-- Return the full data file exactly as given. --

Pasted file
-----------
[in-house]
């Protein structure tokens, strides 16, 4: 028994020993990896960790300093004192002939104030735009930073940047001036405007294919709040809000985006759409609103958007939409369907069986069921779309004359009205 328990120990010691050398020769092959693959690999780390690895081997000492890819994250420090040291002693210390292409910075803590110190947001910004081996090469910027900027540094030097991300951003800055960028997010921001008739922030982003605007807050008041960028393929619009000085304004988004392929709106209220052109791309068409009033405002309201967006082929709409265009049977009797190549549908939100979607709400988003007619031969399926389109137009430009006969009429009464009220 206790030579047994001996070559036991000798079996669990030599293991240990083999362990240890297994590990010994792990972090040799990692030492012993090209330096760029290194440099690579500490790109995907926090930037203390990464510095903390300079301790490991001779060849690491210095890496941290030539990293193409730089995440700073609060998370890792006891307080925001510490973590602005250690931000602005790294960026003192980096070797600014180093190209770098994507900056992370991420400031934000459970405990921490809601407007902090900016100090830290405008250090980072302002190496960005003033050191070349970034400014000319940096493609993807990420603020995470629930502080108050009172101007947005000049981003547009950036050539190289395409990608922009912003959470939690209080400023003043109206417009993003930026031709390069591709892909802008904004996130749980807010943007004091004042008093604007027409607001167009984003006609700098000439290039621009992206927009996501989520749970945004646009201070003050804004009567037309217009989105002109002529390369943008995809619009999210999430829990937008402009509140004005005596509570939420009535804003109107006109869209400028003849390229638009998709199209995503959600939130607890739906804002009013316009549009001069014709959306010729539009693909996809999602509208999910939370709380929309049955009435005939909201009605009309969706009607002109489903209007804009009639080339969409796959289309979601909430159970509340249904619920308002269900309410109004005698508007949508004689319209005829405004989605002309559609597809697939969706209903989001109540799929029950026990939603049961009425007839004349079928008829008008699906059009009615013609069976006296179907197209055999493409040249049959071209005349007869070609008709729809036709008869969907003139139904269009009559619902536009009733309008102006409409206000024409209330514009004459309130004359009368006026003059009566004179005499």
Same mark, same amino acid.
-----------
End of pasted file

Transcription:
[in-house]
């Protein structure tokens, strides 16, 4: 028994020993990896960790300093004192002939104030735009930073940047001036405007294919709040809000985006759409609103958007939409369907069986069921779309004359009205 328990120990010691050398020769092959693959690999780390690895081997000492890819994250420090040291002693210390292409910075803590110190947001910004081996090469910027900027540094030097991300951003800055960028997010921001008739922030982003605007807050008041960028393929619009000085304004988004392929709106209220052109791309068409009033405002309201967006082929709409265009049977009797190549549908939100979607709400988003007619031969399926389109137009430009006969009429009464009220 206790030579047994001996070559036991000798079996669990030599293991240990083999362990240890297994590990010994792990972090040799990692030492012993090209330096760029290194440099690579500490790109995907926090930037203390990464510095903390300079301790490991001779060849690491210095890496941290030539990293193409730089995440700073609060998370890792006891307080925001510490973590602005250690931000602005790294960026003192980096070797600014180093190209770098994507900056992370991420400031934000459970405990921490809601407007902090900016100090830290405008250090980072302002190496960005003033050191070349970034400014000319940096493609993807990420603020995470629930502080108050009172101007947005000049981003547009950036050539190289395409990608922009912003959470939690209080400023003043109206417009993003930026031709390069591709892909802008904004996130749980807010943007004091004042008093604007027409607001167009984003006609700098000439290039621009992206927009996501989520749970945004646009201070003050804004009567037309217009989105002109002529390369943008995809619009999210999430829990937008402009509140004005005596509570939420009535804003109107006109869209400028003849390229638009998709199209995503959600939130607890739906804002009013316009549009001069014709959306010729539009693909996809999602509208999910939370709380929309049955009435005939909201009605009309969706009607002109489903209007804009009639080339969409796959289309979601909430159970509340249904619920308002269900309410109004005698508007949508004689319209005829405004989605002309559609597809697939969706209903989001109540799929029950026990939603049961009425007839004349079928008829008008699906059009009615013609069976006296179907197209055999493409040249049959071209005349007869070609008709729809036709008869969907003139139904269009009559619902536009009733309008102006409409206000024409209330514009004459309130004359009368006026003059009566004179005499």
Same mark, same amino acid.